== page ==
This has been anticipated for months. Watch bubble-state muni bond portfolios crater as ponzinomic reality sets in for California, Illinois and others.
Congressional Republicans appear to be quietly but methodically executing a plan that would a) avoid a federal bailout of spendthrift states and b) cripple public employee unions by pushing cash-strapped states such as California and Illinois to declare bankruptcy. This may be the biggest political battle in Washington, my Capitol Hill sources tell me, of 2011.
That’s why the most intriguing aspect of President Barack Obama’s tax deal with Republicans is what the compromise fails to include — a provision to continue the Build America Bonds program. BABs now account for more than 20 percent of new debt sold by states and local governments thanks to a federal rebate equal to 35 percent of interest costs on the bonds. The subsidy program ends on Dec. 31. And my Reuters colleagues report that a GOP congressional aide said Republicans “have a very firm line on BABS — we are not going to allow them to be included.”
In short, the lack of a BAB program would make it harder for states to borrow to cover a $140 billion budgetary shortfall next year, as estimated by the Center for Budget and Policy Priorities. The long-term numbers are even scarier. Estimates of states’ unfunded liabilities to pay for retiree benefits range from $750 billion to more than $3 trillion.
Republicans in the House of Representatives already want to stop state and local governments from issuing tax-exempt bonds unless they are more forthright about these future obligations. Republican Representatives Devin Nunes and Darrell Issa of California and Paul Ryan of Wisconsin have introduced a bill that would require state and local governments to estimate the size of public pension liabilities if their assets earned a more conservative rate of return than many plans currently expect. Failure to do so would result in the suspension of their ability to issue tax-exempt bonds
Greater transparency on these obligations can’t be bad. In fact, the federal government itself would do well to report deficit numbers not just on the current cash-in, cash-out basis but also incorporating the underfunding of promised pension and healthcare benefits to retirees.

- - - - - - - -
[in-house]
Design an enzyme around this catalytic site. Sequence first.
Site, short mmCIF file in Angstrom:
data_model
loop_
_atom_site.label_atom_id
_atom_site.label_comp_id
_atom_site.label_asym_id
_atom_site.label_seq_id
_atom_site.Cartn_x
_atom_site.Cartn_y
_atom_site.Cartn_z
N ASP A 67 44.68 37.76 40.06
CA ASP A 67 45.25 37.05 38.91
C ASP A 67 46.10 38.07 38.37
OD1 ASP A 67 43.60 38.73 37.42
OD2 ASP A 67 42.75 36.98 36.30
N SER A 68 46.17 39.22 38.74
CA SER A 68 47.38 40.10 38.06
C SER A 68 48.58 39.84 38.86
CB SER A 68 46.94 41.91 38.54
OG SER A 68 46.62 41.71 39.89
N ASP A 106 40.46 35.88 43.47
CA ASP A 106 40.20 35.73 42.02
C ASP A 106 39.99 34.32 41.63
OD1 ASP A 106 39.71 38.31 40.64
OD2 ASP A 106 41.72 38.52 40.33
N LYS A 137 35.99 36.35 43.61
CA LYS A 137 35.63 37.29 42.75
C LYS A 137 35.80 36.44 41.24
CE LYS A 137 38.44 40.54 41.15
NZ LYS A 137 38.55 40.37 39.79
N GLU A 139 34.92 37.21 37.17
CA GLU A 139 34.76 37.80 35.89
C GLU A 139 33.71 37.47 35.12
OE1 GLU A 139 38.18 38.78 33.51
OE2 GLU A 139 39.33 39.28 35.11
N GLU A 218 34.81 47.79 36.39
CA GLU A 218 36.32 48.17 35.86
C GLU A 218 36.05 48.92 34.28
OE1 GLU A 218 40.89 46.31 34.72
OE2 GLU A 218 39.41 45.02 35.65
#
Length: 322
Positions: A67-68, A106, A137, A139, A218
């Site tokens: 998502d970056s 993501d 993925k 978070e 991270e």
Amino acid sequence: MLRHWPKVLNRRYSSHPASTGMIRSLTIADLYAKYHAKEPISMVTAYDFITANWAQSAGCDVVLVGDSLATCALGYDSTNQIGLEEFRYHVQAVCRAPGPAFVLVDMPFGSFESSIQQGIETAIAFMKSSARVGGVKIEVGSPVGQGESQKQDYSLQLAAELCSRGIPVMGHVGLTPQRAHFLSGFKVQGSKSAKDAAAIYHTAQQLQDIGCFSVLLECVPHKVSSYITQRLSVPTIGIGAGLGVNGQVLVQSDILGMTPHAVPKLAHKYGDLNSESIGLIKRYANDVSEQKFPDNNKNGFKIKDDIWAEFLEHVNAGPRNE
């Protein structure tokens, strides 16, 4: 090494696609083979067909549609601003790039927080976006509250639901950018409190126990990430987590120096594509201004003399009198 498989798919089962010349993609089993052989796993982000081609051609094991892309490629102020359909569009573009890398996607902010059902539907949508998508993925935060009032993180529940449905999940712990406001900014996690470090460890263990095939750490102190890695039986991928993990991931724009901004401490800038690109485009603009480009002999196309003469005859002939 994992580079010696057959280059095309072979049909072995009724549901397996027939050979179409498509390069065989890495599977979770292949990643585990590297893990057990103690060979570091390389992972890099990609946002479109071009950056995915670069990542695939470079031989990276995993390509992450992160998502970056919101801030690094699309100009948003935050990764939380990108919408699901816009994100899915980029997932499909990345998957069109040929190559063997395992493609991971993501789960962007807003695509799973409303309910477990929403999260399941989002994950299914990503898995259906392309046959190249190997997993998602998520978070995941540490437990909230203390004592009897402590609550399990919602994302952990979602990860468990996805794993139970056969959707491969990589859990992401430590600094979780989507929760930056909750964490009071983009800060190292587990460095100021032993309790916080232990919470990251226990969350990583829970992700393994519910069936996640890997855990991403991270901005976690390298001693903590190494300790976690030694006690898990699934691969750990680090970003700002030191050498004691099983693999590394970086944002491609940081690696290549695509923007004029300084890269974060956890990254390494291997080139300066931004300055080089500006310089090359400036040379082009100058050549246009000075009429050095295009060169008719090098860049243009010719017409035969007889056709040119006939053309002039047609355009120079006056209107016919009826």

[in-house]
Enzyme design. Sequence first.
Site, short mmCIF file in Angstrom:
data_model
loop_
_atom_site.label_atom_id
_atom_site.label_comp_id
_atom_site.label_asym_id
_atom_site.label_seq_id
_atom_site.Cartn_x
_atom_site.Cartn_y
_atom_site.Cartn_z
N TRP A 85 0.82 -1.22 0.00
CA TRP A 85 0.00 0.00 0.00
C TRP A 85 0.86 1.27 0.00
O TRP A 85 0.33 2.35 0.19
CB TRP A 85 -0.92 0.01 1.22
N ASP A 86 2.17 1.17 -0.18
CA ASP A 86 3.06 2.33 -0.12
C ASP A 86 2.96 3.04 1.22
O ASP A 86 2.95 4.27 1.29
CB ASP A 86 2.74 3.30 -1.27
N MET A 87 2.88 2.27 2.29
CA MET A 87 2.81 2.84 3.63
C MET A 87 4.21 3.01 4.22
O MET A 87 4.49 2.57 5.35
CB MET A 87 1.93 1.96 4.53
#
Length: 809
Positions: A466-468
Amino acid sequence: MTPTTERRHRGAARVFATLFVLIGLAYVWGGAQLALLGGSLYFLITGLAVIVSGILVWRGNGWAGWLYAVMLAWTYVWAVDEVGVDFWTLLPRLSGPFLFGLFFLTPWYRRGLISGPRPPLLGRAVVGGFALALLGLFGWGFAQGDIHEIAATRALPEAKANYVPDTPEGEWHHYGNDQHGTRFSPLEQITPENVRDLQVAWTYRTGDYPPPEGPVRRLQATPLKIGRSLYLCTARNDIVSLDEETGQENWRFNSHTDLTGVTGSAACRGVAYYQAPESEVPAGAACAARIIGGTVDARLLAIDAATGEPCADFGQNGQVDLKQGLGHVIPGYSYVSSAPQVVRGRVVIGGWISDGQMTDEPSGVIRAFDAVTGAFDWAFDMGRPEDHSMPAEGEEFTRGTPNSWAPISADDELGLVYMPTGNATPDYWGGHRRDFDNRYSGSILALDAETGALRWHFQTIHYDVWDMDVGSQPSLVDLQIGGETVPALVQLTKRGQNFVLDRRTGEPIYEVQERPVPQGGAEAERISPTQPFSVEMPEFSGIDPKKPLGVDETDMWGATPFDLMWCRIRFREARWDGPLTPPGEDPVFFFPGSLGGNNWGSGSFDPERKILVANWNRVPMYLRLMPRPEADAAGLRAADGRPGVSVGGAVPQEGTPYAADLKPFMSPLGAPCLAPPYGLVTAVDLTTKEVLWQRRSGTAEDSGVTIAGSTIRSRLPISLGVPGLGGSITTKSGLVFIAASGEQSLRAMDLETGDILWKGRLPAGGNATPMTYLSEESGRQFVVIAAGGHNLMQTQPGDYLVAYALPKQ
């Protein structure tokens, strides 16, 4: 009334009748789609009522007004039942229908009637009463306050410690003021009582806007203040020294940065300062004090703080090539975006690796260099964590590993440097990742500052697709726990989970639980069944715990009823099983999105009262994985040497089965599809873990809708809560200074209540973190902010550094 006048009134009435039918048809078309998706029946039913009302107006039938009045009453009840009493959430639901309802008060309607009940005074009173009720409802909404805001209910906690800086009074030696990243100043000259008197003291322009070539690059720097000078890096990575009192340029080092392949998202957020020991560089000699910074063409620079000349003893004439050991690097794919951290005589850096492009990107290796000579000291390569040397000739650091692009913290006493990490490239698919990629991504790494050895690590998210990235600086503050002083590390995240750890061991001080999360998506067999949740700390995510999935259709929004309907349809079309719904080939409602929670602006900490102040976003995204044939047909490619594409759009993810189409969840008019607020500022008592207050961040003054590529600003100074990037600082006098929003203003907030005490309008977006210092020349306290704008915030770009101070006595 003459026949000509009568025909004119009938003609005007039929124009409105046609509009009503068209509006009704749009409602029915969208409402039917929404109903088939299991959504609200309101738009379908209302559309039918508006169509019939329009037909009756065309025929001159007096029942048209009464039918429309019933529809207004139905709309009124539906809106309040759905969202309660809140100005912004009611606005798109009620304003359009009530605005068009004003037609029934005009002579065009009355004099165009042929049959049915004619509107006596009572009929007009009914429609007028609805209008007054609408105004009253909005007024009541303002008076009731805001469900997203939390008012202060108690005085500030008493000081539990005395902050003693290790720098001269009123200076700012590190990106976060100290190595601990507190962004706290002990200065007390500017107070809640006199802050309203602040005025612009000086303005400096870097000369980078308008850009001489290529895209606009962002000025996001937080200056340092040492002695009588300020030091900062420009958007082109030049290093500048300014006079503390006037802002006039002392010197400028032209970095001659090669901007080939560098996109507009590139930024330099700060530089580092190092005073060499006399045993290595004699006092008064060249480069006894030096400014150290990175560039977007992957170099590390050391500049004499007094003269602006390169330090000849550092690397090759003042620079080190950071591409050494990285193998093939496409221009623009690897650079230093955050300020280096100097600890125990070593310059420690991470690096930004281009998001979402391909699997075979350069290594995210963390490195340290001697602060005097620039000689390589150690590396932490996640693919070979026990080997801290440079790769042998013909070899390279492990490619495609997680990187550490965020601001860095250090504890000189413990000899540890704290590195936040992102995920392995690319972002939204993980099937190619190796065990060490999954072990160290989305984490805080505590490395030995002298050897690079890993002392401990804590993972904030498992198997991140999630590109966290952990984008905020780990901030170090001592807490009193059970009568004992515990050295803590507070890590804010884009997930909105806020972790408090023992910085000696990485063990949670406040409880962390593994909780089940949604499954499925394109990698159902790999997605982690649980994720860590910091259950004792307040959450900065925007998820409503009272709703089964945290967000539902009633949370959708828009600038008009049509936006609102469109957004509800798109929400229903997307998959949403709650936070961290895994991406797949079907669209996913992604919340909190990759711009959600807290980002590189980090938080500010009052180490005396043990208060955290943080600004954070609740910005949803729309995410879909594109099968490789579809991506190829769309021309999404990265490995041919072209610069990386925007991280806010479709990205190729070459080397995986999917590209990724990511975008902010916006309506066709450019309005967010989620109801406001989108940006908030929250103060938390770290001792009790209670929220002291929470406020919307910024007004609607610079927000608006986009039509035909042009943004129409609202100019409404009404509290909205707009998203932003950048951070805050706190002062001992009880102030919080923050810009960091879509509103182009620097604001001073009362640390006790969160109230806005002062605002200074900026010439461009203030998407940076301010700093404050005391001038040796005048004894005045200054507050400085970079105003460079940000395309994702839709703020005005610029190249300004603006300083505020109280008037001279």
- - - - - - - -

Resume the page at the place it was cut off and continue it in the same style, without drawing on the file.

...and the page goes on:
But it’s about more than just openness. Some Republicans hope the shock of the newly revealed debt totals will grease the way towards explicitly permitting states to declare bankruptcy.
Give States A Way to go Bankrupt
The Best Option for Avoiding a Federal Bailout
With liquidation off the table, the effectiveness of state bankruptcy would depend a great deal on the state’s willingness to play hardball with its creditors. The principal candidates for restructuring in states like California or Illinois are the state’s bonds and its contracts with public employees. Ideally, bondholders would vote to approve a restructuring. But if they dug in their heels and resisted proposals to restructure their debt, a bankruptcy chapter for states should allow (as municipal bankruptcy already does) for a proposal to be “crammed down” over their objections under certain circumstances. This eliminates the hold-out problem—the refusal of a minority of bondholders to agree to the terms of a restructuring—that can foil efforts to restructure outside of bankruptcy.
The bankruptcy law should give debtor states even more power to rewrite union contracts, if the court approves. Interestingly, it is easier to renegotiate a burdensome union contract in municipal bankruptcy than in a corporate bankruptcy. Vallejo has used this power in its bankruptcy case, which was filed in 2008. It is possible that a state could even renegotiate existing pension benefits in bankruptcy, although this is much less clear and less likely than the power to renegotiate an ongoing contract.
Whether states like California or Illinois would fully take advantage of such powers is of course open to question. During his recent campaign, Governor-elect Jerry Brown promised to take a hard look at California’s out-of-control pension costs. But it is difficult to imagine Brown taking a tough stance with the unions. Even in his reincarnation as a sensible politician who has left his Governor Moonbeam days behind, Brown depends heavily on labor support. He doesn’t seem likely to bring the gravy train to an end, or even to slow it down much.
One last link...
Want to be a chairman? Answer 20 questions first.
Incoming Speaker John Boehner (R-Ohio) and incoming Majority Leader Eric Cantor (R-Va.) distributed a four-page questionnaire to candidates for House chairmanships, asking them to detail everything from spending cuts to their specific plans for their committee to their commitment to enacting new GOP priorities.
Video - Public unions and you...
Polish posted this clip in comments, and it's very funny. Profanity warning.